Of course, you're thinking, you don't have to use the real 4-digit numbers for any of these. No, of course you don't! You can make up a number and use it as the answer for any of these.

In which case a better, more honest, security question would be: "Please enter a 4-digit PIN."

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[ 15:59 Dec 17, 2012    More tech/web | permalink to this entry | ]

Thu, 13 Dec 2012

Miss American Stuck-in-Green-Cross

[Mis American Green Cross]

This is one of the creepiest statues I've seen in a park. A bronze lady has her feet embedded in a green cross, with cut tree stumps below her.

On the pedestal below her, it says:



A small plaque below that says:


On the wide of the pedestal, it says:


The title of the work, as given on an even smaller plaque on the gruond in front of the statue, is "Miss American Green Cross". Apparently it was created in 1928 by sculptor Frederick Willard Proctor, for an environmental group (although I don't usually think of "the lumber supply" being a prime concern of environmental groups).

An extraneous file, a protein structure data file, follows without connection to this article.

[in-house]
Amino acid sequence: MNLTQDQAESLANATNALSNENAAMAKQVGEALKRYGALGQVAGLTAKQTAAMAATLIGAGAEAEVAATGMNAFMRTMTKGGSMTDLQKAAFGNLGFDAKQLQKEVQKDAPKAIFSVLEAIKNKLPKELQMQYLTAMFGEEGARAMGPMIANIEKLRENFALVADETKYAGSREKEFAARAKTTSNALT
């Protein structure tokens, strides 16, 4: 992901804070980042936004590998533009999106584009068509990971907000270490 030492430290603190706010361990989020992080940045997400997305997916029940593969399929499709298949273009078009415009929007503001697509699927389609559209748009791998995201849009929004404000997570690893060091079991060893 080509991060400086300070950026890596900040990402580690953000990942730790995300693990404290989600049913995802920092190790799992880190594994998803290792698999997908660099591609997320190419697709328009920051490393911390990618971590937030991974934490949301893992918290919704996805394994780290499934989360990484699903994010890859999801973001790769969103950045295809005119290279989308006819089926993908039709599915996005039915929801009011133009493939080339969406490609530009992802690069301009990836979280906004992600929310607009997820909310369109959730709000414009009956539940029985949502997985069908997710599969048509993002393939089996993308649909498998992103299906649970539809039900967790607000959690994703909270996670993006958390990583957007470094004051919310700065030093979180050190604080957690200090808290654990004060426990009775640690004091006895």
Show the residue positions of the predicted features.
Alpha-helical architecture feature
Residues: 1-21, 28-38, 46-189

[Miss American Green Cross, side view] The statue was first erected at Glendale High School in 1928. But she suffered some damage and abuse over the next few years, including being hit by a car. And then at some point in the early 1930s she disappeared. No one knew what had happened to her.

She wasn't officially rediscovered until 1954, when some hikers reported seeing it near the old Brand family cemetery, now part of Brand Park. She stood there for another three and a half decades, where she continued to be vandalized, acquiring scratches as well as grafiti, and eventually losing both arms.

Eventually, in 1990, after some debate over materials and methods, the city of Glendale restored the statue and moved down the trail to itsmis current location near Brand Library at the foot of the Brand Park hiking trails.

I've chuckled at this statue for years, whenever I visit Glendale and hike Brand Park. I still find her trapped legs, crucifixion motif, and pile of razed stumps creepy. But I must say that her history is a lot more interesting than I had imagined.

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[ 21:04 Dec 13, 2012    More humor | permalink to this entry | ]

Sat, 08 Dec 2012

Decoding RFC 2047 email headers (like spam Subjects in other charsets)